This was the surprising title of an article published last Friday in the Guardian which briefly summarised the findings of a study by the University of Limerick on the effects of boredom and pro-social behaviour. The researchers found that boredom could inspire people to be altruistic, empathetic and engage in prosocial tasks in their search to re-establish meaningfulness. Interestingly a small number of the interviewees for this project mentioned boredom as one of the drivers of participation. Many talked about the need for their engagement to be meaningful.
Posts Tagged ‘motivations’
The Third Sector Research Centre (TSRC) has released a new research report on the role that small community groups can play in delivering the ‘Big Society’. Some of the key findings of the report confirm some of the emerging findings from the Pathways project, as presented in the document Strengthening participation: learning from participants we produced last November.
The report highlights that if community groups are to be involved, policies to engage people in community action need to be informed by a more sophisticated understanding of how and why community organisations operate. It notes that people primarily take part in community action for very personal reasons rather than from a sense of civic duty, and questions whether this can be co-opted to deliver particular policy objectives. Voluntary action for many is about social needs, ‘fun’, doing something different to the ‘day job’ or taking action about something that directly affects them.
The report also finds that there were major concerns among organisations involved in this activity that the Big Society agenda would create greater inequalities, by favouring communities with the resources to engage. The research identifies a need for policy to be informed by a much stronger analysis of power relations within and between communities and the state. Where government has been successful at directly motivating people to act, anger has also played a major role as the anti-Iraq war demonstrations or the more recent demonstrations against increased tuition fees show.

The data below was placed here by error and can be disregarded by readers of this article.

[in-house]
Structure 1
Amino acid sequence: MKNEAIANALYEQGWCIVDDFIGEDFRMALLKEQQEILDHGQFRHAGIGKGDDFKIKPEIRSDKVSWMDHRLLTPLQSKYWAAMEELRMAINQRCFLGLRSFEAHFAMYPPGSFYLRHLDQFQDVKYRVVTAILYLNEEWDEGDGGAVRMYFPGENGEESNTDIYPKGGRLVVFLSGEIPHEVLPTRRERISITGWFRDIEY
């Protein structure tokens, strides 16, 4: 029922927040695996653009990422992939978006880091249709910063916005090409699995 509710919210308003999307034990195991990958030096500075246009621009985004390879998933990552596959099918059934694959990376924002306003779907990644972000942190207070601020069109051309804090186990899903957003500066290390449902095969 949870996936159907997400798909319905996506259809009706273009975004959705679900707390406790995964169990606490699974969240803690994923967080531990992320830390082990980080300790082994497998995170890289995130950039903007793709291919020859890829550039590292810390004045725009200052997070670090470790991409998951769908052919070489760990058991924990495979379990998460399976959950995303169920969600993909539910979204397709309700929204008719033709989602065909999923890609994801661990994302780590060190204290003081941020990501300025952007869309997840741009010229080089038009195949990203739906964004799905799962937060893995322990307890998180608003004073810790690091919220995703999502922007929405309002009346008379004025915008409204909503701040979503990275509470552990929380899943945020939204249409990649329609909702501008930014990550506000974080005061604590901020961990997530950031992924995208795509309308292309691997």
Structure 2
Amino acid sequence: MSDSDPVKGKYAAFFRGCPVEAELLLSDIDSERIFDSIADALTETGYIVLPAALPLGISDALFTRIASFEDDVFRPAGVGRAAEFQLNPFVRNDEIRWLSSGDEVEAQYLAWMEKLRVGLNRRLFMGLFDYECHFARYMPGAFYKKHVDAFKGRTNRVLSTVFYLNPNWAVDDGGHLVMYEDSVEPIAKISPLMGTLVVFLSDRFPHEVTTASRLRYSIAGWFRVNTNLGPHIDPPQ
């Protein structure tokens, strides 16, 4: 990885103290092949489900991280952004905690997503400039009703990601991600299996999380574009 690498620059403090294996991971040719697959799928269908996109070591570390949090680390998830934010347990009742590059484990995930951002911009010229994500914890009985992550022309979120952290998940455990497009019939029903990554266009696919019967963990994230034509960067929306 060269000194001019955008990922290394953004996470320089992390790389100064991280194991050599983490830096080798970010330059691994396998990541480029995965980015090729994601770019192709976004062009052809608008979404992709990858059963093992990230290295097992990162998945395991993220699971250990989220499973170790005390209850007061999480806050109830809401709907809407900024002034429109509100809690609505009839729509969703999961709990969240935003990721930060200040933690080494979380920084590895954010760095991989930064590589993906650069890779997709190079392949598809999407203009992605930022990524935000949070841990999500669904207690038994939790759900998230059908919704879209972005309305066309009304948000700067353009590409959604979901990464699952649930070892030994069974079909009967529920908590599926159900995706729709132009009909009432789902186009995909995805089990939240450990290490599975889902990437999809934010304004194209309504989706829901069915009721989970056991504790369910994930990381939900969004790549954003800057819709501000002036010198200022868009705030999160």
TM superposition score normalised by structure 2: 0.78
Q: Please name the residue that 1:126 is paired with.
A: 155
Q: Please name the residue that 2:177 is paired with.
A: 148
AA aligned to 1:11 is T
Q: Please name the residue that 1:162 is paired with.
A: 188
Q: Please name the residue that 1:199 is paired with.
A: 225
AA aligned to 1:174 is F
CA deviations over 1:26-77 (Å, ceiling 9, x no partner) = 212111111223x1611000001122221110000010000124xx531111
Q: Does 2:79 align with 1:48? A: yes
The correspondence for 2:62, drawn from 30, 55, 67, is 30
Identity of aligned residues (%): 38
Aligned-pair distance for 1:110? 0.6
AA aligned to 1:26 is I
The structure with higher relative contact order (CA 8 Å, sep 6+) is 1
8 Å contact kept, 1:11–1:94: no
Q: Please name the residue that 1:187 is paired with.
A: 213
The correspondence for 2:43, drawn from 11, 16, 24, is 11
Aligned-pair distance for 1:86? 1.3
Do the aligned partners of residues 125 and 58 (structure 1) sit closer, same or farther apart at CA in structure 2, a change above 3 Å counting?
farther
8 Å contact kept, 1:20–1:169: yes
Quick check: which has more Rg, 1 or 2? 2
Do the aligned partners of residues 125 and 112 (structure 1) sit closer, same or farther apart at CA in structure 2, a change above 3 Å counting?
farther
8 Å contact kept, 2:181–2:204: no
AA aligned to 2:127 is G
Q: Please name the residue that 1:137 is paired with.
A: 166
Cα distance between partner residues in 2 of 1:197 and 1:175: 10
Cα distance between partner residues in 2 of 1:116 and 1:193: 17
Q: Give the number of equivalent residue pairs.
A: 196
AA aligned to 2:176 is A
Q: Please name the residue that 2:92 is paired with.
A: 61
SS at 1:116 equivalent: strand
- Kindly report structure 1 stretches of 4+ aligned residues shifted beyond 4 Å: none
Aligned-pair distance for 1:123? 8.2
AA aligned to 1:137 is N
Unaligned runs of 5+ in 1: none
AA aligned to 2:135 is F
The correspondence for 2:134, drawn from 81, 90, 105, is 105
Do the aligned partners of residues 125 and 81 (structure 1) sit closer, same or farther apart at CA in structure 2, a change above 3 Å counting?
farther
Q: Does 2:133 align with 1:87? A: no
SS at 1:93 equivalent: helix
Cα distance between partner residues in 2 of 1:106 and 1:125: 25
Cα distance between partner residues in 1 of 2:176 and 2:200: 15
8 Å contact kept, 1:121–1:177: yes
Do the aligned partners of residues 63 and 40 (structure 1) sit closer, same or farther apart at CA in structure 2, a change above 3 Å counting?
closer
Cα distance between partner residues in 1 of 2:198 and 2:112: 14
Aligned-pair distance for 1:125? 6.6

A 4-page summary of the report is available here.
On 11 October NCVO and the Third Sector Research Centre jointly organised a seminar that aimed to explore the evidence base for three of the key areas (participation, service delivery and funding) behind the Big Society agenda and examine the implications for the voluntary and community sector and government.
All the presentations, session outlines and discussion notes are now available via googledocs: http://bit.ly/bigsocietyevidenceseminar
Unsurprinsingly, I would recommend you reading the documents relating to the session on participation, including Colin Rochester’s outline ‘Participation: how does qualitative help us?’ which focuses on motivations and looks at some of the reasons why people participate.
Also worth a read is John Mohan’s outline ‘What do volunteering statistics tell us about the prospects for the Big Society?’ which further develops some of the ideas he presented in a recent article on the civic core.